Moora – 1920s

During the early 1920s, the emphasis of Moore River Native Settlement changed from farming to one of internment for Aboriginal people from all over the state. Children of ‘mixed decent’ or what was termed ‘half-caste’ Aboriginal people, were brought there to be trained as domestic servants for white society.  They were often taken away without their parents consent and were part of what we now call ‘The Stolen Generations.

The Moore River settlement expanded its role into an orphanage, rations depot and home for old persons, unmarried mothers, and the ill. Many older Aboriginal people who were considered too dark to be absorbed into white society were expected to live out their days there.  Neville’s view was that as the older people died off the settlements could be closed.[xiv]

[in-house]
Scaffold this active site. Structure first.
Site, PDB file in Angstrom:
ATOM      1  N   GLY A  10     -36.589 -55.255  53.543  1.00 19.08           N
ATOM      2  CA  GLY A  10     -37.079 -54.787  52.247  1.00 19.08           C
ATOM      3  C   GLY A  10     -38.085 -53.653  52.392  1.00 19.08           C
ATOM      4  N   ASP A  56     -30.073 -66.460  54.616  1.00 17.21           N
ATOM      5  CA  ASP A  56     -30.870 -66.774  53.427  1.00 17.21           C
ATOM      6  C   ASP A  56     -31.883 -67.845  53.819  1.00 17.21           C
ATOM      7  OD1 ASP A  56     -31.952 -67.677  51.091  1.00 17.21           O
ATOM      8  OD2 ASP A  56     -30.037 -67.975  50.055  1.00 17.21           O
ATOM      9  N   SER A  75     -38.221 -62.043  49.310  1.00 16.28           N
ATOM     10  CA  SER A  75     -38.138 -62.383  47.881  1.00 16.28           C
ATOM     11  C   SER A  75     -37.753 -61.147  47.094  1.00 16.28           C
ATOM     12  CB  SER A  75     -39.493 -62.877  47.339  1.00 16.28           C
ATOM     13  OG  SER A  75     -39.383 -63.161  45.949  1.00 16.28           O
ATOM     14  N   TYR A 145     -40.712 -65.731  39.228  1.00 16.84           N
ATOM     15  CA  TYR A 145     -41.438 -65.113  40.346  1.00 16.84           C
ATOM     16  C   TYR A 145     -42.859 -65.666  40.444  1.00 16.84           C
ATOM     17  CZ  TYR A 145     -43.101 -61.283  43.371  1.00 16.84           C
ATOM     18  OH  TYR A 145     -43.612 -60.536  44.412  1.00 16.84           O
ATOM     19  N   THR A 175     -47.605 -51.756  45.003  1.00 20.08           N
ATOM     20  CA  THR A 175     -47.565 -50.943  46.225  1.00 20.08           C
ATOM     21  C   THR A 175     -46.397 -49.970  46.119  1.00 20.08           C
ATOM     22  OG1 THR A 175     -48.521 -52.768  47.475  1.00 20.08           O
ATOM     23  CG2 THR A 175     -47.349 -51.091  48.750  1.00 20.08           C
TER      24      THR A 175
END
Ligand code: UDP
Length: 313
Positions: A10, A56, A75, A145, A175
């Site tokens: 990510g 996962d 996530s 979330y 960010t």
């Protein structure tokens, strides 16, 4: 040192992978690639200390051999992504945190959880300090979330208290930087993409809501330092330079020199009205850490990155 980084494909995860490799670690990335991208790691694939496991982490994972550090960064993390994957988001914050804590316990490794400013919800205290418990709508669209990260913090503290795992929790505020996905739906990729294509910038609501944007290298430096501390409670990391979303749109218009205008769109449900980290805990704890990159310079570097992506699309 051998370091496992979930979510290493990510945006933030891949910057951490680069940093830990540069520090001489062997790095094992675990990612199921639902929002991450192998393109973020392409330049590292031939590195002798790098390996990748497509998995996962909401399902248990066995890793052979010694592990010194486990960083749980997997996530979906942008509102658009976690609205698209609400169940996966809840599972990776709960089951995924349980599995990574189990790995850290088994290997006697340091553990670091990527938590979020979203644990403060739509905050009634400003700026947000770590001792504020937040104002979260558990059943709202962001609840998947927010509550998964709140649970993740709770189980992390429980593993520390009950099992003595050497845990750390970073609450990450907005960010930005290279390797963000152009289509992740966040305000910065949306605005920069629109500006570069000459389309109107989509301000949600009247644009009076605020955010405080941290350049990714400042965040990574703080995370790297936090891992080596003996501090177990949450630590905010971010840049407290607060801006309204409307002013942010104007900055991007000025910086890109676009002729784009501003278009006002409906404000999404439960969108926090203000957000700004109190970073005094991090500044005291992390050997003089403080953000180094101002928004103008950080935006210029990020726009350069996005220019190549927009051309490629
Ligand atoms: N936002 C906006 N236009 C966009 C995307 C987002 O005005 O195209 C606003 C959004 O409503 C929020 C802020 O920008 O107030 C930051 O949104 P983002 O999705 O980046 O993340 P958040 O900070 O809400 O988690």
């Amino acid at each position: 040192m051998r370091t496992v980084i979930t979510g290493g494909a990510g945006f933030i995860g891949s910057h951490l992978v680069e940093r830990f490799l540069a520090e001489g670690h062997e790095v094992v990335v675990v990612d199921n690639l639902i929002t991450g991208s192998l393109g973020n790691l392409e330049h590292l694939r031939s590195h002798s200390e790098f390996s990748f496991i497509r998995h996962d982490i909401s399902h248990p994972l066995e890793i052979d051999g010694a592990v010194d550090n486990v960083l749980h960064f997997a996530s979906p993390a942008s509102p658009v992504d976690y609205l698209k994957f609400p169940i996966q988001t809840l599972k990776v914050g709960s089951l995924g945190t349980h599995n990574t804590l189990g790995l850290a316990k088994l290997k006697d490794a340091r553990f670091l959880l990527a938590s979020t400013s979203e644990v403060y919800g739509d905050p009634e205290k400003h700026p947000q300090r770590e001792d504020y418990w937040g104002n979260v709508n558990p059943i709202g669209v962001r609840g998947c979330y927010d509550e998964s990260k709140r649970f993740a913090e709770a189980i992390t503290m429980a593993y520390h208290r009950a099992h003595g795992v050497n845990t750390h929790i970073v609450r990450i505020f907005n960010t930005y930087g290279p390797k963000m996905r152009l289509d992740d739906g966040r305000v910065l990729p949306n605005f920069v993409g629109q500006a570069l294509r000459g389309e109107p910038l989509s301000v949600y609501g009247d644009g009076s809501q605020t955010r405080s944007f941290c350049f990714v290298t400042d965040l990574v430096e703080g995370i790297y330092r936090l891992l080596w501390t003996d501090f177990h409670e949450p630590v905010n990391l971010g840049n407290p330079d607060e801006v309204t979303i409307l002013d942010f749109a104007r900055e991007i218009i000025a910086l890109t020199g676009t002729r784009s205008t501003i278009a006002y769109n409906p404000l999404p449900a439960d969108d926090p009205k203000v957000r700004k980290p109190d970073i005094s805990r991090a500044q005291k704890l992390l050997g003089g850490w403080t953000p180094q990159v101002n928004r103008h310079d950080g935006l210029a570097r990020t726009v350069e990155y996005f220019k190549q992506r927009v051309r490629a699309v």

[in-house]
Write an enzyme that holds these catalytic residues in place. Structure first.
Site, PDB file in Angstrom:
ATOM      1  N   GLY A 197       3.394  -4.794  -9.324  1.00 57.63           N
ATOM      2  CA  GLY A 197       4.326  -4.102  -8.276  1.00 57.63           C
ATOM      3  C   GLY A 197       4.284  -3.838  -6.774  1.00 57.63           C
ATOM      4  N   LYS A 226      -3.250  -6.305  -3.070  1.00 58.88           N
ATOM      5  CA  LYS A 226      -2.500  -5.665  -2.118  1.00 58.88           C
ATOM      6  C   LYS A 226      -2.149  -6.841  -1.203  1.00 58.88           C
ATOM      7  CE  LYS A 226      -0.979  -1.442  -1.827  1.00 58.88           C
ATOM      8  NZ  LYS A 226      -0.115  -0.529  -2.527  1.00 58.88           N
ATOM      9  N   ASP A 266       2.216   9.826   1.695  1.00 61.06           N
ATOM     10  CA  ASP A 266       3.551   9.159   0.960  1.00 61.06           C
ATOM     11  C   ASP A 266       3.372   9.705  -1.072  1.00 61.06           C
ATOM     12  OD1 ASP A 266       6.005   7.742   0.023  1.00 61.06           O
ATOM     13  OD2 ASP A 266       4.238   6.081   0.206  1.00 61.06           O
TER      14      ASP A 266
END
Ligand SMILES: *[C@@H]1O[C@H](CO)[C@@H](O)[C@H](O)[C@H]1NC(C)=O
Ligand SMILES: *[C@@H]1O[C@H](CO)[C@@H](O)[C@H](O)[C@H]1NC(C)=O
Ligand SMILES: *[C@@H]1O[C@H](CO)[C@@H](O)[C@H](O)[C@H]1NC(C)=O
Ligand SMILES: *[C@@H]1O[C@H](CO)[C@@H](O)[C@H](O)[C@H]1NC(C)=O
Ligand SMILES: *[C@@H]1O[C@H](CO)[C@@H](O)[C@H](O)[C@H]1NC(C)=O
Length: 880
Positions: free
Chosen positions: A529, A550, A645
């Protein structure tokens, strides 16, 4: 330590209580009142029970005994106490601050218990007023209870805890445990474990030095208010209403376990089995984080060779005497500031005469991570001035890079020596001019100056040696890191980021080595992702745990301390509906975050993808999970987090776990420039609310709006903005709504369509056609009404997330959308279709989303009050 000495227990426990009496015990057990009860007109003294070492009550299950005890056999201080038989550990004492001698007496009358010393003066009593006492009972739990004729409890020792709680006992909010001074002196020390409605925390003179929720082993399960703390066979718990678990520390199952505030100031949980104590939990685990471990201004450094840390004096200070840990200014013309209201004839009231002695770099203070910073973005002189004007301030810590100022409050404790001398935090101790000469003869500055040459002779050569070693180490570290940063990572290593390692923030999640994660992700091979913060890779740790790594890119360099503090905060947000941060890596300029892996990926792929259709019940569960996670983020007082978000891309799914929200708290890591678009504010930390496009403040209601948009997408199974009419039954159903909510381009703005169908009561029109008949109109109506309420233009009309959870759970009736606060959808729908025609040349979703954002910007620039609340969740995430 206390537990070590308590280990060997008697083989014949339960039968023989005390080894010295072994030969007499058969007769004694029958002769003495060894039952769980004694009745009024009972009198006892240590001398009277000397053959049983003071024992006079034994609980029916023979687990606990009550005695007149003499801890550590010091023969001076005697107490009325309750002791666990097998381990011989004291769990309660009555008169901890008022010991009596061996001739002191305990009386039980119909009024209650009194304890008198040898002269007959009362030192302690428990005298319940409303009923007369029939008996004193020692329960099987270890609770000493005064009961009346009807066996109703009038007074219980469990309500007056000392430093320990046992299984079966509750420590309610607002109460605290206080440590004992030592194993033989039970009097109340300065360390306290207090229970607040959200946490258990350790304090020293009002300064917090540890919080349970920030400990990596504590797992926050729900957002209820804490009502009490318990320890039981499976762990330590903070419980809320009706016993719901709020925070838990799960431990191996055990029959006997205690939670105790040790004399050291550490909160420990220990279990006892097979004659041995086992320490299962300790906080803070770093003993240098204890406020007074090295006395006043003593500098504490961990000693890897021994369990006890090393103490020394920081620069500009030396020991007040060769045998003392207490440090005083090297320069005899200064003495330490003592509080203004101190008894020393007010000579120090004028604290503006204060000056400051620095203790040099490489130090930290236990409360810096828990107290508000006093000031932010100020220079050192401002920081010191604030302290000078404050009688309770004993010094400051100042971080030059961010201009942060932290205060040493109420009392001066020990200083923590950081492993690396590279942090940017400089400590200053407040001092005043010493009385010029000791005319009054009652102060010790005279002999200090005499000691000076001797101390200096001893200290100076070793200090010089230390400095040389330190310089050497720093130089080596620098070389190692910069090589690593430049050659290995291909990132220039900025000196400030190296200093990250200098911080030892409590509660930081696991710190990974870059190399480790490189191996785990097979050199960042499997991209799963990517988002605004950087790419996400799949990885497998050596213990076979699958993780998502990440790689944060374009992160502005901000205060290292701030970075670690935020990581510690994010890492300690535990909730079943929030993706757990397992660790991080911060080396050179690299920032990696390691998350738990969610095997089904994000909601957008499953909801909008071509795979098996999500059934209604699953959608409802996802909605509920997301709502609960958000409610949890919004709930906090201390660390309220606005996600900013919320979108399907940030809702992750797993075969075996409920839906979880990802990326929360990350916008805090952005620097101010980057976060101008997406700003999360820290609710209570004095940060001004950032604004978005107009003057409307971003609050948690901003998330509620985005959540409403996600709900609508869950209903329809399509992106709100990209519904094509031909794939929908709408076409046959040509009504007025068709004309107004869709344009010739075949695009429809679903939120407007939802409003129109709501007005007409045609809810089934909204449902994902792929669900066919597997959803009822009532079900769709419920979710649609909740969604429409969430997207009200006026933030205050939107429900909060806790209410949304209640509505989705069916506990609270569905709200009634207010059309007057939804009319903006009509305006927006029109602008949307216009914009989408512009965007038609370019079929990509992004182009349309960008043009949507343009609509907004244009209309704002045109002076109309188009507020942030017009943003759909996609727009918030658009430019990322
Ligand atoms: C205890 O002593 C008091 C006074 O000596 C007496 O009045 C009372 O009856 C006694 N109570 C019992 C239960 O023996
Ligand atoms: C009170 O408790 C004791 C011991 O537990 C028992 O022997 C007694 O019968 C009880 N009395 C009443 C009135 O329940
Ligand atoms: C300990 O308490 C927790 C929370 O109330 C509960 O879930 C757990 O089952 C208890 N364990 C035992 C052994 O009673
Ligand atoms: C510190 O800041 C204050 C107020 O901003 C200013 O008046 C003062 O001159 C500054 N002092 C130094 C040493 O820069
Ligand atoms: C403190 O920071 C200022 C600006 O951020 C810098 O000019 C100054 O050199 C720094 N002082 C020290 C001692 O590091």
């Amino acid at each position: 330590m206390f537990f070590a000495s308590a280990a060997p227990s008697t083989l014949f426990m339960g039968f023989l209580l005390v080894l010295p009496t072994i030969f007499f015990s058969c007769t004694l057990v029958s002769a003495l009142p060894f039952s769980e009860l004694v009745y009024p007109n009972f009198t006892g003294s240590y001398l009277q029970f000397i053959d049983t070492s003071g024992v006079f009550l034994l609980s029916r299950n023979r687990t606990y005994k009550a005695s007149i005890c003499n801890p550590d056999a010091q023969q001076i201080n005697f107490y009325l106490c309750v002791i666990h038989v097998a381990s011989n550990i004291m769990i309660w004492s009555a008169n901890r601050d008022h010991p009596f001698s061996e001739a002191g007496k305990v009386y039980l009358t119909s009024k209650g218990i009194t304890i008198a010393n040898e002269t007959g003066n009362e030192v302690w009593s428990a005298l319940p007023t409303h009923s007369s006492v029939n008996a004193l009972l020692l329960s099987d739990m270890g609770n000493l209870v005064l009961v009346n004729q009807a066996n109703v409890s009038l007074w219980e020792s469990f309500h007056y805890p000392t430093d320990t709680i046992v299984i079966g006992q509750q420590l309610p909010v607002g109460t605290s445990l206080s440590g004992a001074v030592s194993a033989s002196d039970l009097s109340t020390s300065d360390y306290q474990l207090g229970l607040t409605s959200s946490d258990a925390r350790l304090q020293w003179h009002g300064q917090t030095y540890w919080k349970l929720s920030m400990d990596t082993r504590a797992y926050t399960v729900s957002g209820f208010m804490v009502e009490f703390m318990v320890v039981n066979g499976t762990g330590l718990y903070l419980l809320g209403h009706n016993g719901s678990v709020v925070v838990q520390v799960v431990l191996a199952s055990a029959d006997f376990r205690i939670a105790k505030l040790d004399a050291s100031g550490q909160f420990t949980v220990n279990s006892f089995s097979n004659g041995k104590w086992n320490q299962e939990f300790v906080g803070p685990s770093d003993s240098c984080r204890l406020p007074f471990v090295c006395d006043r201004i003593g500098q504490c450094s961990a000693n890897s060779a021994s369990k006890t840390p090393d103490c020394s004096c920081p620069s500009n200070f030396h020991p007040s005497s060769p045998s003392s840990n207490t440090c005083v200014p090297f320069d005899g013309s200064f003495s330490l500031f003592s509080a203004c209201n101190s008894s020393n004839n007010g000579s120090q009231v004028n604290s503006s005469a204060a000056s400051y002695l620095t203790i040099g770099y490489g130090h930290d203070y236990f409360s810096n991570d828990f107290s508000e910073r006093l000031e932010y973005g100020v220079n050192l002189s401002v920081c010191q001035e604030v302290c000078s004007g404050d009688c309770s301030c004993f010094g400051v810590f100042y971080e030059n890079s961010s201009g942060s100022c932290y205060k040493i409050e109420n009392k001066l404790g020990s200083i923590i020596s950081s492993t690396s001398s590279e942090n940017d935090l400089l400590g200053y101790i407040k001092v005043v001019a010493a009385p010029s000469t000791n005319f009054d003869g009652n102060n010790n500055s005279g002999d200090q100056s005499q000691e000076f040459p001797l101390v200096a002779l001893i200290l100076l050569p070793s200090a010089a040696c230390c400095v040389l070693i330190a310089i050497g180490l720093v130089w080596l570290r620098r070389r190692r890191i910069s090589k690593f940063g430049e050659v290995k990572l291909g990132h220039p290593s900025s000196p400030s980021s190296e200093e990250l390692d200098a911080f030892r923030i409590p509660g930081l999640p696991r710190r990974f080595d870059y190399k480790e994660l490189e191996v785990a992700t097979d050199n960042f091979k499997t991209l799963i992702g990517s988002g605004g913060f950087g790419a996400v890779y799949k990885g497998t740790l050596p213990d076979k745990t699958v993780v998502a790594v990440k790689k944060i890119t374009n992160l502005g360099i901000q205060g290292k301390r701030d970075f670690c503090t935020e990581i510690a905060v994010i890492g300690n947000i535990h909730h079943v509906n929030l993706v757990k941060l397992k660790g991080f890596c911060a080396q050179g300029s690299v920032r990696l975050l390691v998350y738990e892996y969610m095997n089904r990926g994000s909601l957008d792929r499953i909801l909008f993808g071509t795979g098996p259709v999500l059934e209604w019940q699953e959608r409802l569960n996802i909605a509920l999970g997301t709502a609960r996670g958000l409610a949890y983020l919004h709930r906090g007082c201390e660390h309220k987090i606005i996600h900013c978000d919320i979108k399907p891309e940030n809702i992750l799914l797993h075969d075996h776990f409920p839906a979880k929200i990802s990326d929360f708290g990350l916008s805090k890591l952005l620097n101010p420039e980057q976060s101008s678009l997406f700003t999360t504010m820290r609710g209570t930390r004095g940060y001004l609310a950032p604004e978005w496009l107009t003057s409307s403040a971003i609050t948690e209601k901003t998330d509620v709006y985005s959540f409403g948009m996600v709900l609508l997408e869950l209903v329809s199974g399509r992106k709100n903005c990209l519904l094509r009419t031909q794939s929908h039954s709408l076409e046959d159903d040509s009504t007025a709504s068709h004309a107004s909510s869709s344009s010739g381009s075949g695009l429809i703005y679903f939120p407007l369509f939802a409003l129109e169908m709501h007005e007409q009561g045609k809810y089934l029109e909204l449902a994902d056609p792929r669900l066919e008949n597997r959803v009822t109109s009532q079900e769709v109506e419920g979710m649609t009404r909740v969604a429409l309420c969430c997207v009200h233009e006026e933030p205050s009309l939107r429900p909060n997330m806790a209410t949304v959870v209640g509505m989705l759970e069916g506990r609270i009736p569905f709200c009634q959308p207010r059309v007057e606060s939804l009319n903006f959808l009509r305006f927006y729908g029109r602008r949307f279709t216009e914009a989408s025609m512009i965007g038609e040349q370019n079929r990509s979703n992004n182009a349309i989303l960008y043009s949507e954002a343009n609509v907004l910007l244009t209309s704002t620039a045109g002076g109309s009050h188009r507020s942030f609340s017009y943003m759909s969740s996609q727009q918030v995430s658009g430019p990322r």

In 1922, as a result of complaints by local Moora residents, police ordered Noongars to move to Carramarra, eight kilometres west of Moora but they refused to leave.[xv] Many Noongars moved to Walebing instead, which was preferred because it was a traditional camp. It lay halfway between Moora and New Norcia, where seasonal work could be found nearby. Like most other reserves, it lacked basic amenities.  By this time conditions had declined considerably at Moore River Native Settlement.  With poor sanitation and increased overcrowding, many health problems were reported.[xvi]Noongar people complained to the Department that they were refused entry to Moora hospital and medical treatment by the local doctor.[xvii]

In 1924, Moore River Native Settlement had an average population of 300 and its buildings were becoming dilapidated.[xviii]

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